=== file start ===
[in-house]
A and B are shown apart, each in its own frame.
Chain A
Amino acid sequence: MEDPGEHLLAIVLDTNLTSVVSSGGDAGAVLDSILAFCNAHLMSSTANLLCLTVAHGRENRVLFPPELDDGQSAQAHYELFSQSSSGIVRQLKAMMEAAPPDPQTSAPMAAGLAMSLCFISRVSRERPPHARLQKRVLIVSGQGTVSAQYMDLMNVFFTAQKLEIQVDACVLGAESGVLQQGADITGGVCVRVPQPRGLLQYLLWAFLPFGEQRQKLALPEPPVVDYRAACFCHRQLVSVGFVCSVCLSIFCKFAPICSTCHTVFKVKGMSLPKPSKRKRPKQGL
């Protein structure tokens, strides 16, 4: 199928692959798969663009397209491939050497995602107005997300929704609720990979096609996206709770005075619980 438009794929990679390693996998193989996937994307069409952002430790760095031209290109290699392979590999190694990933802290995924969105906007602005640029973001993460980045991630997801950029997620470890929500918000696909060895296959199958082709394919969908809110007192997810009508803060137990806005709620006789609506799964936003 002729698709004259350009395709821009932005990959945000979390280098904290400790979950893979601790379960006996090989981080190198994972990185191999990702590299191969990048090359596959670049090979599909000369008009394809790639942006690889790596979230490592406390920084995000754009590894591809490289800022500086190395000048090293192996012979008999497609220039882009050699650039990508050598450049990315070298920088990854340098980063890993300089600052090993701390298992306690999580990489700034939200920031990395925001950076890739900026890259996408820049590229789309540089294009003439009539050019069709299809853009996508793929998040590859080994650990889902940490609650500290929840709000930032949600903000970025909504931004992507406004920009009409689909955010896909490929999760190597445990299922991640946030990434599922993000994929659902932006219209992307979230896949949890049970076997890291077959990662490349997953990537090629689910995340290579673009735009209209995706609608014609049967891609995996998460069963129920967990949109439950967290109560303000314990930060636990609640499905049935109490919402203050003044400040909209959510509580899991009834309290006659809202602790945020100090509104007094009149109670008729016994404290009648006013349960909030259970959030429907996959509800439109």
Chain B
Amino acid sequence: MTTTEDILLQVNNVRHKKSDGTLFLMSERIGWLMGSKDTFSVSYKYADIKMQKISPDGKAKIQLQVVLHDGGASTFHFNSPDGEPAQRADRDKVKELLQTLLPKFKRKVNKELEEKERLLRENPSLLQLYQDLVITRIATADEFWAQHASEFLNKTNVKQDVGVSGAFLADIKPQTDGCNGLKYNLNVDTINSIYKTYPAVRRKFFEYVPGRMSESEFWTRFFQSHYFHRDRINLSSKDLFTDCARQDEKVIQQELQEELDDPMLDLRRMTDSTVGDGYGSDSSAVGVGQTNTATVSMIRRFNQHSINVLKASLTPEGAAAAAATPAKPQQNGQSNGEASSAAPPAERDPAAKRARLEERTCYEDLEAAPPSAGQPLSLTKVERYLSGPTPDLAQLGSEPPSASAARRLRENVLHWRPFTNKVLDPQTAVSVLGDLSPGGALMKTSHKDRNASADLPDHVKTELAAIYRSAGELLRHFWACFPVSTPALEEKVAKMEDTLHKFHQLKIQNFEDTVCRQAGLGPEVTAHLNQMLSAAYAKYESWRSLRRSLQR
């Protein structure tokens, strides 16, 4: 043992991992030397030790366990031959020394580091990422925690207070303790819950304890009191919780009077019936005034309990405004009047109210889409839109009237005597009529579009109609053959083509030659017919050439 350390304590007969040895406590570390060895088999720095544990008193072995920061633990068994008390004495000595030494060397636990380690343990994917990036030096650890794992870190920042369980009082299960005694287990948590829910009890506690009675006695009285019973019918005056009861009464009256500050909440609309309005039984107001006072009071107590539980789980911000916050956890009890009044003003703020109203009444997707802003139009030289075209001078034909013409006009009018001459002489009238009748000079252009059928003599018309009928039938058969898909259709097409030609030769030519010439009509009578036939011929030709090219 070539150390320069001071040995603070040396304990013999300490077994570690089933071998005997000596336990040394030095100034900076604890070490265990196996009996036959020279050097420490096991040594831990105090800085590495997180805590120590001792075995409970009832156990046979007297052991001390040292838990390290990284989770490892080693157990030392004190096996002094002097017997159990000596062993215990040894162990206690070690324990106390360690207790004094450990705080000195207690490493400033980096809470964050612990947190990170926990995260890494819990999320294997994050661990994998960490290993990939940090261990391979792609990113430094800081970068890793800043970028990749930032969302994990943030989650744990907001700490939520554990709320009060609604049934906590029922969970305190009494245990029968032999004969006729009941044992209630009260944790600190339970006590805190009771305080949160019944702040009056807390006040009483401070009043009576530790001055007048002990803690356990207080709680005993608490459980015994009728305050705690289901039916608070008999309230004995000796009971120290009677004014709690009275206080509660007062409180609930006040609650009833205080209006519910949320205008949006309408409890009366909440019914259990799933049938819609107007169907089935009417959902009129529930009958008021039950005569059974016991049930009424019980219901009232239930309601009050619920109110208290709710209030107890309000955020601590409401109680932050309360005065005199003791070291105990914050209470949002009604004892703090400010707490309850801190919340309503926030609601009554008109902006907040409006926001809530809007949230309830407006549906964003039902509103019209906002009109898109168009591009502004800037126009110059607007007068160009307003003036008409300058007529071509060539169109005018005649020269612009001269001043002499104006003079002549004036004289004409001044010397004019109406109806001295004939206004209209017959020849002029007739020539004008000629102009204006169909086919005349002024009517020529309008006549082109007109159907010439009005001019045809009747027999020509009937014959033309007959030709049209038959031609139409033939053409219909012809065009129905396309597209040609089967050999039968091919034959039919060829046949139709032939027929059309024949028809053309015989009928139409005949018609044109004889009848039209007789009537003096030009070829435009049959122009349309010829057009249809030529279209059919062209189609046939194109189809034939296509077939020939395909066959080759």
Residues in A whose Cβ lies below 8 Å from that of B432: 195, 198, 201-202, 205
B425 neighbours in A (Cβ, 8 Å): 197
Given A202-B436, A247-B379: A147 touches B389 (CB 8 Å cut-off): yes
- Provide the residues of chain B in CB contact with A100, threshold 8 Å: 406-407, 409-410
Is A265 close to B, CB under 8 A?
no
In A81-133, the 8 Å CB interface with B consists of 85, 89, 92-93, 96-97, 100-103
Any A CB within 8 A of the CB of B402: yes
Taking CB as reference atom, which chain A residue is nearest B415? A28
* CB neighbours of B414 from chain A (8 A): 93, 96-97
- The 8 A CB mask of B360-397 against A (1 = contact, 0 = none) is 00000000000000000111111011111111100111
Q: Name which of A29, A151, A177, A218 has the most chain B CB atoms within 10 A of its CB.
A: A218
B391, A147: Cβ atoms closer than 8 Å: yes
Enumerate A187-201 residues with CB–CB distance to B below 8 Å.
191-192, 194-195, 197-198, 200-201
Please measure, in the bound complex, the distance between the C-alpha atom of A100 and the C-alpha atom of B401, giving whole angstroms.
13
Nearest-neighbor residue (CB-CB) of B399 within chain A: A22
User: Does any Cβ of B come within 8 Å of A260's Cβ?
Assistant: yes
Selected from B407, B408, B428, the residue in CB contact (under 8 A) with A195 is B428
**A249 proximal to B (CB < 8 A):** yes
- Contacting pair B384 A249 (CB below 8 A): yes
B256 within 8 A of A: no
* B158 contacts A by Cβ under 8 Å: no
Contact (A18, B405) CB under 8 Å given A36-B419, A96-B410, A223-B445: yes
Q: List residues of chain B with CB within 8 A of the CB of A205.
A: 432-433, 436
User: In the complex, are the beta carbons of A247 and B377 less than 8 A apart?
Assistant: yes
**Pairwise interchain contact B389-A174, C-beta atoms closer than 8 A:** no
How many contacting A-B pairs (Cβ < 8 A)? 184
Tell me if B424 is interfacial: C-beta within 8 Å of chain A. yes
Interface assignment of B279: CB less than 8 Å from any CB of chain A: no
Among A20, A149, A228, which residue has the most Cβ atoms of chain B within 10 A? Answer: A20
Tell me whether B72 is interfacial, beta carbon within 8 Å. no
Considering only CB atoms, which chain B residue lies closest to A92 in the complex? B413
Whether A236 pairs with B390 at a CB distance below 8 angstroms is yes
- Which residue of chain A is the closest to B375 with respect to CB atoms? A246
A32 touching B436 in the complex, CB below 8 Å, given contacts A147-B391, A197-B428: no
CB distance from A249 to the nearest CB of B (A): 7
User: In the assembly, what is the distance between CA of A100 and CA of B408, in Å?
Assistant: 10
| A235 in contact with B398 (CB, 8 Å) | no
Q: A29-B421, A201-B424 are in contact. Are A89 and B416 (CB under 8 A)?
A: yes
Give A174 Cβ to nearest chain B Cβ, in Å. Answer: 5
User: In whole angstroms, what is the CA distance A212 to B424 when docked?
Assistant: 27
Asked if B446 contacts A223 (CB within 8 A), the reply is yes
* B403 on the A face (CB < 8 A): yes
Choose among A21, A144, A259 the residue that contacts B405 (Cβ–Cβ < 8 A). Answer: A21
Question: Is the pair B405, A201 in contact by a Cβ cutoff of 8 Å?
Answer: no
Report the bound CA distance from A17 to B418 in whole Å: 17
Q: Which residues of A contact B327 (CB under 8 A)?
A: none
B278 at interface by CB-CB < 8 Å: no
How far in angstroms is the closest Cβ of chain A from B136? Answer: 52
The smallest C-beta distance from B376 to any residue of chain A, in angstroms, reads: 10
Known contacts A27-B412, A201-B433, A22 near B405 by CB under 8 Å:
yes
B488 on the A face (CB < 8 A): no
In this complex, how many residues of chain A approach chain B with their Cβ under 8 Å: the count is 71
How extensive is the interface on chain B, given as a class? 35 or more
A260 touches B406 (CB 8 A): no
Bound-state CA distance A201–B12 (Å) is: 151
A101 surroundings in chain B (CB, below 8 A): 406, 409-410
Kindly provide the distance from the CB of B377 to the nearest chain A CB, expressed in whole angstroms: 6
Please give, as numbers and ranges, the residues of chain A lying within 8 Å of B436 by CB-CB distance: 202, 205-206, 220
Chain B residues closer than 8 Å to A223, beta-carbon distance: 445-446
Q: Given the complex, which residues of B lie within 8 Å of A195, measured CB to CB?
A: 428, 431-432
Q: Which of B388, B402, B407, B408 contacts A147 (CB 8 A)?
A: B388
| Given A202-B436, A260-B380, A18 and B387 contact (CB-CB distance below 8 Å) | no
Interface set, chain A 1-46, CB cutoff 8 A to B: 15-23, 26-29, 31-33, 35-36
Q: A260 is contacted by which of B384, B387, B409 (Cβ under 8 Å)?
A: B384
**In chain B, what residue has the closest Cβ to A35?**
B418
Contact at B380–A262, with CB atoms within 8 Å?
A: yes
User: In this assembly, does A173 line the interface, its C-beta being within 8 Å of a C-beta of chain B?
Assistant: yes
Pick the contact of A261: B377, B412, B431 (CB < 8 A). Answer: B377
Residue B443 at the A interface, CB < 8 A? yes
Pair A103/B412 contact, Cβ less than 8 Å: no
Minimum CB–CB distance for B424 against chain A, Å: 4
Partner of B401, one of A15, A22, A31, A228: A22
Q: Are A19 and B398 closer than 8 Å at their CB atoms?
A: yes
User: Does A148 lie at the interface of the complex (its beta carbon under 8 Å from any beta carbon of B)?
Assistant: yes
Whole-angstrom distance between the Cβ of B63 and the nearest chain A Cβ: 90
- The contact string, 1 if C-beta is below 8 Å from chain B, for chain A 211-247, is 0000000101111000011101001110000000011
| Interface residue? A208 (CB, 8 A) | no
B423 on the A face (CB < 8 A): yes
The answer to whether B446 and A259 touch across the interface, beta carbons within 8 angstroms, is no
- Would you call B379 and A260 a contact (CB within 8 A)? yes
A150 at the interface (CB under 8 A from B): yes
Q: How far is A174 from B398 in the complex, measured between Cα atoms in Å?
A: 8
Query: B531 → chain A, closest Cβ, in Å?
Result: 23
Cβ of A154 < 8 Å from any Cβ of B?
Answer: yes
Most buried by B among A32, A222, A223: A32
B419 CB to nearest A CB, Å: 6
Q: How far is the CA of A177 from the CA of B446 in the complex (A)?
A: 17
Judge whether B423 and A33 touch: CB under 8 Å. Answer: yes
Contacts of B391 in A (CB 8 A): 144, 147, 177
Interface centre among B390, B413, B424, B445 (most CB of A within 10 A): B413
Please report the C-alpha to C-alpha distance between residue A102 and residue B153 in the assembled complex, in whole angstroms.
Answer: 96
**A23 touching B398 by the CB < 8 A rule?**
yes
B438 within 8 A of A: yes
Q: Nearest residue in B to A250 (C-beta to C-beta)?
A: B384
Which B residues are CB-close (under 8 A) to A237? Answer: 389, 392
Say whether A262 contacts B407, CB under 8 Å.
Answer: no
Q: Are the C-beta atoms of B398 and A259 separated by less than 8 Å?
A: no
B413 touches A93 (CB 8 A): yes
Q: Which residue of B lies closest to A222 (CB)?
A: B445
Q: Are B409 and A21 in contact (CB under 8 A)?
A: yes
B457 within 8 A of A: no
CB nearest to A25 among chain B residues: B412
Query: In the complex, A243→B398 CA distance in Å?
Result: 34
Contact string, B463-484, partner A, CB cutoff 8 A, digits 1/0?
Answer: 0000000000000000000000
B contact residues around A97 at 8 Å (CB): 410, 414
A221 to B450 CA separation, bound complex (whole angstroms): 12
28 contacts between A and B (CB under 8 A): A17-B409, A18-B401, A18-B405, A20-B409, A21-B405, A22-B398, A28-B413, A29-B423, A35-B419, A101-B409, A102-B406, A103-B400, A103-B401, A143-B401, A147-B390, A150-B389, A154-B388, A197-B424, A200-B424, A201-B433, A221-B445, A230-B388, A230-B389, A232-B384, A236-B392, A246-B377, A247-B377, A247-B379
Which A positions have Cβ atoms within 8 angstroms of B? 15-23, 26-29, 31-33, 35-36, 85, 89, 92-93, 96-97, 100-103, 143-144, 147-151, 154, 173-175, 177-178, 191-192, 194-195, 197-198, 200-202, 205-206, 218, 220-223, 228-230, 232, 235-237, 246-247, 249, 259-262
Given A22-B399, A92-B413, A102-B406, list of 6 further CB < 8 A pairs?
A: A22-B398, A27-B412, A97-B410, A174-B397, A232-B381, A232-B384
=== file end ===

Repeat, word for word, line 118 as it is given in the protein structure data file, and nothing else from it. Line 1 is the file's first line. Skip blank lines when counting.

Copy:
B419 CB to nearest A CB, Å: 6